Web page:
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ISME J. 2012 Feb;6(2):461-70. doi: 10.1038/ismej.2011.94. Epub 2011 Jul 21.

Measuring unbiased metatranscriptomics in suboxic waters of the central Baltic Sea using a new in situ fixation system.

Author information

1
Leibniz-Institut für Ostseeforschung Warnemünde (IOW), Section Biological Oceanography, Rostock-Warnemünde, Germany.

Abstract

An analysis of the microbial metabolism is fundamental to understanding globally important element transformations. One culture-independent approach to deduce those prokaryotic metabolic functions is to analyze metatranscriptomes. Unfortunately, since mRNA is extremely labile, it is unclear whether the abundance patterns detected in nature are vulnerable to considerable modification in situ simply due to sampling procedures. Exemplified on comparisons of metatranscriptomes retrieved from pelagic suboxic zones of the central Baltic Sea (70-120 m depth), earlier identified as areas of high aerobic ammonium oxidation activity, and quantification of specific transcripts in them, we show that different sampling techniques significantly influence the relative abundance of transcripts presumably diagnostic of the habitat. In situ fixation using our newly developed automatic flow injection sampler resulted in an abundance of thaumarchaeal ammonia monooxygenase transcripts that was up to 30-fold higher than that detected in samples obtained using standard oceanographic sampling systems. By contrast, the abundance of transcripts indicative of cellular stress was significantly greater in non-fixed samples. Thus, the importance of in situ fixation in the reliable evaluation of distinct microbial activities in the ecosystem based on metatranscriptomics is obvious. In consequence, our data indicate that the significance of thaumarchaeota to aerobic ammonium oxidation could yet have been considerably underestimated. Taken these results, this could in general also be the case in attempts aimed at an unbiased gene expression analysis of areas below the epipelagic zone, which cover 90% of the world's oceans.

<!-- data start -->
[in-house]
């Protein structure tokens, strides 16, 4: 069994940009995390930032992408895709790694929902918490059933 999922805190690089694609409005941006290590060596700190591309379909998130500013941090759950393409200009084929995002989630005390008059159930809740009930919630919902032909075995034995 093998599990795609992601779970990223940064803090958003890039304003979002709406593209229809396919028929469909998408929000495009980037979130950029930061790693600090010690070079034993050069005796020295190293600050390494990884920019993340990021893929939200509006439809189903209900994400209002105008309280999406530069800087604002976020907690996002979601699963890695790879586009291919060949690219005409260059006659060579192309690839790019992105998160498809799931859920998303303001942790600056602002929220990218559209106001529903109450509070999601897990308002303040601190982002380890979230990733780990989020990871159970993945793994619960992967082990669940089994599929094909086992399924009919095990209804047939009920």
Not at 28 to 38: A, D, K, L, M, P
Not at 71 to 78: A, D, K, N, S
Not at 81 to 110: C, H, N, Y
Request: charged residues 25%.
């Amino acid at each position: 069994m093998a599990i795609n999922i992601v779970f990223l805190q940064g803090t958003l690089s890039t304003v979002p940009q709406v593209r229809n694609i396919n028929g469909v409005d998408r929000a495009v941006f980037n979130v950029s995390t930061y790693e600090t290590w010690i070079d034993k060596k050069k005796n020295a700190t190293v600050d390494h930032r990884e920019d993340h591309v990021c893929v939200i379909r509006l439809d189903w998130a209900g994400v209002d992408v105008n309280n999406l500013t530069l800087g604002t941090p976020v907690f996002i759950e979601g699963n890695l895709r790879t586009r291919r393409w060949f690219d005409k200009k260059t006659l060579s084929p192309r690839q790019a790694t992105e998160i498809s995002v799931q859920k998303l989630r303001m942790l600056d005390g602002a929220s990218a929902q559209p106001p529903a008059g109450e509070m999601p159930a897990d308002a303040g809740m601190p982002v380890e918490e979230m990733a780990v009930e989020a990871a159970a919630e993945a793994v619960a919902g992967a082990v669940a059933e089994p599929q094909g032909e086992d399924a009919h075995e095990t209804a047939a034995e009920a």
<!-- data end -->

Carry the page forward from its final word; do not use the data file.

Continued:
PMID:
21776032
PMCID:
PMC3260512
DOI:
10.1038/ismej.2011.94
[Indexed for MEDLINE]
Free PMC Article

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